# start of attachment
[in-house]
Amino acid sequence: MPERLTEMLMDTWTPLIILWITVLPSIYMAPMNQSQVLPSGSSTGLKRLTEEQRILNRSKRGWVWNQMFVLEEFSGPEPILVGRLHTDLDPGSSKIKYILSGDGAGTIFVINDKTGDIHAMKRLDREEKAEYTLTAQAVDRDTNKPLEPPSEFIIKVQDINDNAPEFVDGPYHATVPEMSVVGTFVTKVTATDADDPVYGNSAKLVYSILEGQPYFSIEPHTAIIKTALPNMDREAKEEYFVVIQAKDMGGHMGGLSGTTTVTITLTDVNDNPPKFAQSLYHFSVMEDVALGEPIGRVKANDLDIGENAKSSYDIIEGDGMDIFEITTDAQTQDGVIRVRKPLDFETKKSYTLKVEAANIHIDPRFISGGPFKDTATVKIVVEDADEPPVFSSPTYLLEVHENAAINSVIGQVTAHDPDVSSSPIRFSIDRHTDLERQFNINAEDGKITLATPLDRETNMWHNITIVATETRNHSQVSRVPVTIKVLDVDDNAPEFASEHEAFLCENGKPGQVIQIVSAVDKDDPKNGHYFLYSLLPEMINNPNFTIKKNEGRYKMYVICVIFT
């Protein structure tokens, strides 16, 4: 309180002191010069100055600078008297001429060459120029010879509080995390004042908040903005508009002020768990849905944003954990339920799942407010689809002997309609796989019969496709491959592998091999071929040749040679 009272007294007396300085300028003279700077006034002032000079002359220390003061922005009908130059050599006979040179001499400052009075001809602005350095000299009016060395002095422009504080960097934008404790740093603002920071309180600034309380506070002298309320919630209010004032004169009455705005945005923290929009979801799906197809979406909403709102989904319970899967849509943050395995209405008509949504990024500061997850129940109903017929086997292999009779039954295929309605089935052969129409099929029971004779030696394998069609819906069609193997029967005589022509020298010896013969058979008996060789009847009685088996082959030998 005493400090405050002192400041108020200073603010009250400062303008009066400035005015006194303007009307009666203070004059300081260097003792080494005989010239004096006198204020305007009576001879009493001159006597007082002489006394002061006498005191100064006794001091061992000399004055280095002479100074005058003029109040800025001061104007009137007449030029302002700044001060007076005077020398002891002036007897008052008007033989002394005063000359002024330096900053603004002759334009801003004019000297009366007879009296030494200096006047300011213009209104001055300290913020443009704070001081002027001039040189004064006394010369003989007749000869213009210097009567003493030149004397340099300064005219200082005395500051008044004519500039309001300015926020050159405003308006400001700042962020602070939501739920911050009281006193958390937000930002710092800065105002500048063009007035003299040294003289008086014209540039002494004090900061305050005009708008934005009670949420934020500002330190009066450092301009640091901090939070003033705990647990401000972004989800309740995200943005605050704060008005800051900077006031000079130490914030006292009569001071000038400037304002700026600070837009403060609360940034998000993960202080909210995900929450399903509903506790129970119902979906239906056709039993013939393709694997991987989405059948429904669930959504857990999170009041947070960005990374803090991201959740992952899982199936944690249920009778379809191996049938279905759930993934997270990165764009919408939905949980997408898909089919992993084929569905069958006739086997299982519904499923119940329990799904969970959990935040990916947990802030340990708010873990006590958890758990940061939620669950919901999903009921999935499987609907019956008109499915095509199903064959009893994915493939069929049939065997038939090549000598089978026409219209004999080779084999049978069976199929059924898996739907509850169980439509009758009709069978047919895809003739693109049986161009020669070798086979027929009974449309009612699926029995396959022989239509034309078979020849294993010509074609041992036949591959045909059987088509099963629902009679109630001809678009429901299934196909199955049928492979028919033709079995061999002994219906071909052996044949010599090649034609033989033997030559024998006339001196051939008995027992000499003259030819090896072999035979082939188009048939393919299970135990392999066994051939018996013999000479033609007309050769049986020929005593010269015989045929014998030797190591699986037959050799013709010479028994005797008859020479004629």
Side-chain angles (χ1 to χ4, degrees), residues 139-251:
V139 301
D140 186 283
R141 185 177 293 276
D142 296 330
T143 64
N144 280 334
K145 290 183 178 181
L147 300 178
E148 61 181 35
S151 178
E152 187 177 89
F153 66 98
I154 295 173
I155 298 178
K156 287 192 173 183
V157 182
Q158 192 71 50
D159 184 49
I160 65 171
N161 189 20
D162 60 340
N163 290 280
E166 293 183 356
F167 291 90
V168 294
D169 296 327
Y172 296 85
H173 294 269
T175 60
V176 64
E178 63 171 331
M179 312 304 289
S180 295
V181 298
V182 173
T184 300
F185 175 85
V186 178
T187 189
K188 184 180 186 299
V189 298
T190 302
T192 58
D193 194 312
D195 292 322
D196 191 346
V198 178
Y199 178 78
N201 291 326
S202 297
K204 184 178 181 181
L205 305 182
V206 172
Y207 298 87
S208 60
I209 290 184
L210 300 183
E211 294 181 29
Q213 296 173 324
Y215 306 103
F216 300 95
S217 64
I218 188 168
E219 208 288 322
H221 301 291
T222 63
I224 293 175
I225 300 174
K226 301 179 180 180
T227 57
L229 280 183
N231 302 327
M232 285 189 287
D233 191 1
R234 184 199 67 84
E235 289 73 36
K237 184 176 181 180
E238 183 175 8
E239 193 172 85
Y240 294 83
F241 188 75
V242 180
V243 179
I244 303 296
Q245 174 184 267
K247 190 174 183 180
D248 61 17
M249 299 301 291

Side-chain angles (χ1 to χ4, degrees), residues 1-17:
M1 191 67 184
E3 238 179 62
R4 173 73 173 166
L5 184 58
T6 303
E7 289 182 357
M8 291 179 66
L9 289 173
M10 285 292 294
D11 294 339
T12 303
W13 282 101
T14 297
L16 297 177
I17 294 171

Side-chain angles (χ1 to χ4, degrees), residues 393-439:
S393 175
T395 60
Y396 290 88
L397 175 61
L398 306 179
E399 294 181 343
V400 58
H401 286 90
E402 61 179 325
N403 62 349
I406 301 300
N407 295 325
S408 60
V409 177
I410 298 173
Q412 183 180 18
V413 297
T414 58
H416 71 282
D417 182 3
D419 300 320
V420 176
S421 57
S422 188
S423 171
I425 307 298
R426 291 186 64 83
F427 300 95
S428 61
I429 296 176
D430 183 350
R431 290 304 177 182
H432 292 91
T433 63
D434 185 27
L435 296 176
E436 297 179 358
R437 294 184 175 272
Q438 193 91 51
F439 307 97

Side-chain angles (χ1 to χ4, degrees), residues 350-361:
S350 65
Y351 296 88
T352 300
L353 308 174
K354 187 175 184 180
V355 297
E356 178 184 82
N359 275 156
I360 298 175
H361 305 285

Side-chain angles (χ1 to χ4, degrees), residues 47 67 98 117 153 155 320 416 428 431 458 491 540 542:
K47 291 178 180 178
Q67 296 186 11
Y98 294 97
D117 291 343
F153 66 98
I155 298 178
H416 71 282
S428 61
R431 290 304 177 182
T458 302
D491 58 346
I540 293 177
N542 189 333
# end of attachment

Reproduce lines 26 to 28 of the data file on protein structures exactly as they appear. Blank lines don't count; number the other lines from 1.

N163 290 280
E166 293 183 356
F167 291 90